It begs a question, have we ever been thankful and grateful enough to our mothers?
Read this article and ask ourself because only us who know the answer.
Mother’s eight lies
Concern and sacrifice hold up a mother’s love at all times
I WAS born the son of a poor family, which often lacked food. Whenever it came time to eat, mother would give me her portion of rice.
As she placed her share into my bowl, she would say, “Eat this, son. I’m not hungry.”
That was mother’s first lie.
When I was growing up, mother spent her spare time fishing in a river near our house. She hoped that what she caught would give me a bit more nutrition.
She would cook the fish in a soup, which gave me a good appetite. As I ate, mother would sit beside me and pick the remaining bits of flesh on the bone.
When I tried to give her some of the fish, she refused and said, “You eat it. I don’t really like fish.”
That was mother’s second lie.
When I was in junior high school, to fund my studies, mother brought back used matches boxes which she would stick together. It earned her some money to cover our needs.
Whenever I woke from my sleep during the winter nights, she’d still be awake, working on the little boxes in the dim candlelight.
I used to tell her, “Mother, go to sleep, it’s late. Tomorrow morning you still have to go to work.”
Mother would smile and say, “Go back to sleep, dear. I’m not tired.”
That was her third lie.
During my final exam, mother asked for a leave from work to accompany me to school.
The sun was shining and the day was hot but she waited for me for several hours.
As soon as the bell rang, mother immediately rushed to pour me a cold glass of tea that she had brought in a bottle.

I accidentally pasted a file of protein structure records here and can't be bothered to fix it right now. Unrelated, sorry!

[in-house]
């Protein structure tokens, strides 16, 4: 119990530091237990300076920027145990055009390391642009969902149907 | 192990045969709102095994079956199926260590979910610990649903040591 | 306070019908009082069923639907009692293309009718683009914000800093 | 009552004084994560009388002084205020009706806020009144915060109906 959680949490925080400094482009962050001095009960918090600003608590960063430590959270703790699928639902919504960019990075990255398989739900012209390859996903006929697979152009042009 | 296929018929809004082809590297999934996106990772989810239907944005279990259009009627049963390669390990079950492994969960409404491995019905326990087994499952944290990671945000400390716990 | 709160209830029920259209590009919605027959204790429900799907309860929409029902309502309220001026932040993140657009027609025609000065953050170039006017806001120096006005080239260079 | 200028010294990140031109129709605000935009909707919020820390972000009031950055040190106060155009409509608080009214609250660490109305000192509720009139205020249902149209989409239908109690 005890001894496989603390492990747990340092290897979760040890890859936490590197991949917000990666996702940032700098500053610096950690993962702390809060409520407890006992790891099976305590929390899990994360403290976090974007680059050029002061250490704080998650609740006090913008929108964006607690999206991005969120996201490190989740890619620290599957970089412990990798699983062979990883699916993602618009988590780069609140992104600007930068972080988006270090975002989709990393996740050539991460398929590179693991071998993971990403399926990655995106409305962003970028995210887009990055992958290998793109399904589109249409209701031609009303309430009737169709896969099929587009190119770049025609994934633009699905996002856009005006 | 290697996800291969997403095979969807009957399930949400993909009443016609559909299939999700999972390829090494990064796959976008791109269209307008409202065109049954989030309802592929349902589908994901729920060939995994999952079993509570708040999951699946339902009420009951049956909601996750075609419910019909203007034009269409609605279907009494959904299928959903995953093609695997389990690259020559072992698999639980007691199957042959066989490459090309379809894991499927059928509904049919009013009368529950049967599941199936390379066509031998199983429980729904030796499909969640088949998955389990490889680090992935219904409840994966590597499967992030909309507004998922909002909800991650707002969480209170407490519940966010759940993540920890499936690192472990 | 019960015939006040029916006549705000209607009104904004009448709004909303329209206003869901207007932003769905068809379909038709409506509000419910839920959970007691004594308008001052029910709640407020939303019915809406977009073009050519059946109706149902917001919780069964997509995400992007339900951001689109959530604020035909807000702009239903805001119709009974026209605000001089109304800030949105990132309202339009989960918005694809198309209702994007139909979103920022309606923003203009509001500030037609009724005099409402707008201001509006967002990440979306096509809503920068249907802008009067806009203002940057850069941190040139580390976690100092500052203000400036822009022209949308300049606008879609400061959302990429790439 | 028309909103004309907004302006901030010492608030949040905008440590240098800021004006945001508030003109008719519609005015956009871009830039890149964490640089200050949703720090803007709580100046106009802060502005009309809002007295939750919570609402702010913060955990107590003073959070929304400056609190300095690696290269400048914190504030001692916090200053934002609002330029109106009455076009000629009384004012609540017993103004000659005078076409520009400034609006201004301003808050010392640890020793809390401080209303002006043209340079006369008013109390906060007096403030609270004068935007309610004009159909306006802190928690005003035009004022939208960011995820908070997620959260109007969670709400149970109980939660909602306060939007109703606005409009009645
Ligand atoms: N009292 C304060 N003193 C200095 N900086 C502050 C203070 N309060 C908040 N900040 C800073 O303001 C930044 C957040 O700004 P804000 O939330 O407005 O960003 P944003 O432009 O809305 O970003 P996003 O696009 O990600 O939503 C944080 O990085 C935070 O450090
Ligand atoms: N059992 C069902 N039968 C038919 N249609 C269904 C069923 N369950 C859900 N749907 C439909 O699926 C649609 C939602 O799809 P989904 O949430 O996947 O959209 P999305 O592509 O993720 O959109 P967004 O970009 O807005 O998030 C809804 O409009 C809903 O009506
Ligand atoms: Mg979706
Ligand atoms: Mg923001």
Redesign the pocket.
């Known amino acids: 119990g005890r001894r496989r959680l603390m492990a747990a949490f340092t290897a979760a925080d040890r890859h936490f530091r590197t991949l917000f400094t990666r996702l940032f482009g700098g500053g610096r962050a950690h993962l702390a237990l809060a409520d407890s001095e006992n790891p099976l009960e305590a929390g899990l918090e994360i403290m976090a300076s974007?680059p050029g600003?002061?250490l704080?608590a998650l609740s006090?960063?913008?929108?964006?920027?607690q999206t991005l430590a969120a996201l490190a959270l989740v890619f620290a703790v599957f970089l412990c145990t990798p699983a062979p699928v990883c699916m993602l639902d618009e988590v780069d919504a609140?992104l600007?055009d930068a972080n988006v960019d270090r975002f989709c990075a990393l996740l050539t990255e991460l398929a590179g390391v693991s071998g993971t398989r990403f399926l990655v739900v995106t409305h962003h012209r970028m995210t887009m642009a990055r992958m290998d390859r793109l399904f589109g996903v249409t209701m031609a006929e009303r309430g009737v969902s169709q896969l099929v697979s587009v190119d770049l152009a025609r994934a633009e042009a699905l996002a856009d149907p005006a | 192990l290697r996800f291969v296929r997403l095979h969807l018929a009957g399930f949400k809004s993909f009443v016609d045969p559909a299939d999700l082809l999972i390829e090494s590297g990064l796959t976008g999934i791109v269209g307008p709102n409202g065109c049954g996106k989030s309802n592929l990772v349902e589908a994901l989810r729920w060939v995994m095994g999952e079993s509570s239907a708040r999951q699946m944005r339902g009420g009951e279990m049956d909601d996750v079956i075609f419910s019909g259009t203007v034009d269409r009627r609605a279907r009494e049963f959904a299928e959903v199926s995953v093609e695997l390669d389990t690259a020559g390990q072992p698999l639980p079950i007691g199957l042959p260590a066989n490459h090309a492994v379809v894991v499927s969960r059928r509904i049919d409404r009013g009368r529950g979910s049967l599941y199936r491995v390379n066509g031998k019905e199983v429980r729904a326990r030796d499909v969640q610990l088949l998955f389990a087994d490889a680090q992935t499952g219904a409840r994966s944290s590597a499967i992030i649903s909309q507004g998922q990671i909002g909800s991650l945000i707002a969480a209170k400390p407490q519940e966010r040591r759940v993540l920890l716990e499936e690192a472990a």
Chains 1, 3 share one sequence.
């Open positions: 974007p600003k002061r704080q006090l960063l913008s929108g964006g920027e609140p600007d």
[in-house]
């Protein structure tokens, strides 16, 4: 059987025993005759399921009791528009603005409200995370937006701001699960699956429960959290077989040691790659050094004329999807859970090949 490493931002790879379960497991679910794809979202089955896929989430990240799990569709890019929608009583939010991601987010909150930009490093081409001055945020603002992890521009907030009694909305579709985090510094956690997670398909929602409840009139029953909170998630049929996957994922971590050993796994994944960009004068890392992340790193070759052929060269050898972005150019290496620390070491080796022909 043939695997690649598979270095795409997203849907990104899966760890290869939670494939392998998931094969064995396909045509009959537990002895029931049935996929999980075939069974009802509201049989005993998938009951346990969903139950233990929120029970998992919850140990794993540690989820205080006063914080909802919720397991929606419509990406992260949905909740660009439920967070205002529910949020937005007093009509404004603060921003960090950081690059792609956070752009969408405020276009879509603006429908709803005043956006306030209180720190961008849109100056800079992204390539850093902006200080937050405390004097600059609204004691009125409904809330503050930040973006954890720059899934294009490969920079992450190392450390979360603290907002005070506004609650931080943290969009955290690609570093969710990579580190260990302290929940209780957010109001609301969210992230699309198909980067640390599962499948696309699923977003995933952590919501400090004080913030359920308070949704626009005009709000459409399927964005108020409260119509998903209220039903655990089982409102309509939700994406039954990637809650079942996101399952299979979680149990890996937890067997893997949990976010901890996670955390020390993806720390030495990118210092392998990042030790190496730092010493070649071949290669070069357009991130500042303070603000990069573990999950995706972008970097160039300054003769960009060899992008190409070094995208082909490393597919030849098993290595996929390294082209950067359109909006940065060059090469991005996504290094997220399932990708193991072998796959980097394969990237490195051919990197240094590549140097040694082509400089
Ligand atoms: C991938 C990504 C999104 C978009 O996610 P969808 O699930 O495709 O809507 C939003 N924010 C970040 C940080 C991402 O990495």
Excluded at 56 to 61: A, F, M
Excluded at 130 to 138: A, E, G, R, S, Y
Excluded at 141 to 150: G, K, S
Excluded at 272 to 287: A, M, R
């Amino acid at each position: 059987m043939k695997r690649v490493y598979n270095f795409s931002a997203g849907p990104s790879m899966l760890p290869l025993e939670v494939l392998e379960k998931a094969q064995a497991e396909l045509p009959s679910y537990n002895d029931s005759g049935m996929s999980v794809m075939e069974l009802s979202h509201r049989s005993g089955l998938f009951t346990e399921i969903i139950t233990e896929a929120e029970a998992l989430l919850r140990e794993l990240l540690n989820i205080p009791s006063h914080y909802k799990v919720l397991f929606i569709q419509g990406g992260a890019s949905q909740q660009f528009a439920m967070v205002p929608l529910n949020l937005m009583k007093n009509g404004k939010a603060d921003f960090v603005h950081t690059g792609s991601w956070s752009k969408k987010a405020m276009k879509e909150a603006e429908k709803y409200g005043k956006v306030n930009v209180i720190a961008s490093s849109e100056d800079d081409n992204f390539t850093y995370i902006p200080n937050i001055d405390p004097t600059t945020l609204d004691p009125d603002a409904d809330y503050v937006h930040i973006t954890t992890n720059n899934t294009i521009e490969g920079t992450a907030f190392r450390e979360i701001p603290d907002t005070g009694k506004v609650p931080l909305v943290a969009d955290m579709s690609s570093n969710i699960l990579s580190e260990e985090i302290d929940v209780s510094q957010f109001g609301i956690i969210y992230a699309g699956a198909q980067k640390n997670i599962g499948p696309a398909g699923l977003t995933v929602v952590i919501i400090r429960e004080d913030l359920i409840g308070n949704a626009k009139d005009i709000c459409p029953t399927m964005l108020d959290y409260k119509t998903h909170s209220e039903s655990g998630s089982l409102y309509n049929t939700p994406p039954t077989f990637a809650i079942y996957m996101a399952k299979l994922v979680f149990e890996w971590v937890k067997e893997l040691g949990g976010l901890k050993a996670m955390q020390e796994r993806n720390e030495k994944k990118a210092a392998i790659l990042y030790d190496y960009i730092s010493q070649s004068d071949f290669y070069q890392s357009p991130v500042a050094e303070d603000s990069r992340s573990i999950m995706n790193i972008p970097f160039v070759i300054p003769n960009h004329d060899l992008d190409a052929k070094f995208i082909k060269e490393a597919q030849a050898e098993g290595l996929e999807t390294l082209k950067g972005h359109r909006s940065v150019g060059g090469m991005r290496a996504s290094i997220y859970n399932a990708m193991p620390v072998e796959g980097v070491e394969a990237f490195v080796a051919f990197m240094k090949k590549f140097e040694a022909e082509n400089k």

The tea was thick, but not as thick as my mother’s love. Seeing her covered with perspiration, I gave her my glass and asked her to drink too.
Mother said, “Drink, son. I’m not thirsty!”
That was her fourth lie.
My father fell ill and died, and poor mother had to take on the role of a single parent. She held on to her job but our family’s financial situation got worse.
A nice uncle who lived nearby came to our help.
Our neighbours often advised my mother to marry again. But mother was stubborn and didn’t care for their advice.
She told them, “I don’t need love.”
That was her fifth lie.
I completed my studies and got a job and soon, it was the time for my mother to retire. But she didn’t want to. Every morning, she headed for the marketplace to sell some vegetables and earn money for her needs.
I worked in the other city and often sent her some money, but she would not accept it. She even sent the money back to me, saying, “I have enough money.”
That was mother’s sixth lie.
A company then offered me a scholarship to do my master’s at a prestigious university in the United States. After getting that degree, I was hired by the company and paid quite a high salary.
I wanted to take mother to America, so she could enjoy her old age. But she didn’t want to bother her son. She said to me, “I’m not used to life there.”
That was her seventh lie.
Mother grew old, got cancer and had to be hospitalised. I, who lived across the oceans, came home to visit her.
Mother looked so weak as she gazed at me in a yearning way. She tried to put on a smile but it looked stiff. It was clear that the disease had broken her body.
Tears flowed down my face as I stared at her. My heart hurt so much to see her like that. But mother, with strength in her voice, said, “Don’t cry, my son. I’m not in pain.”
That was her eight lie.
After saying that, she closed her eyes forever!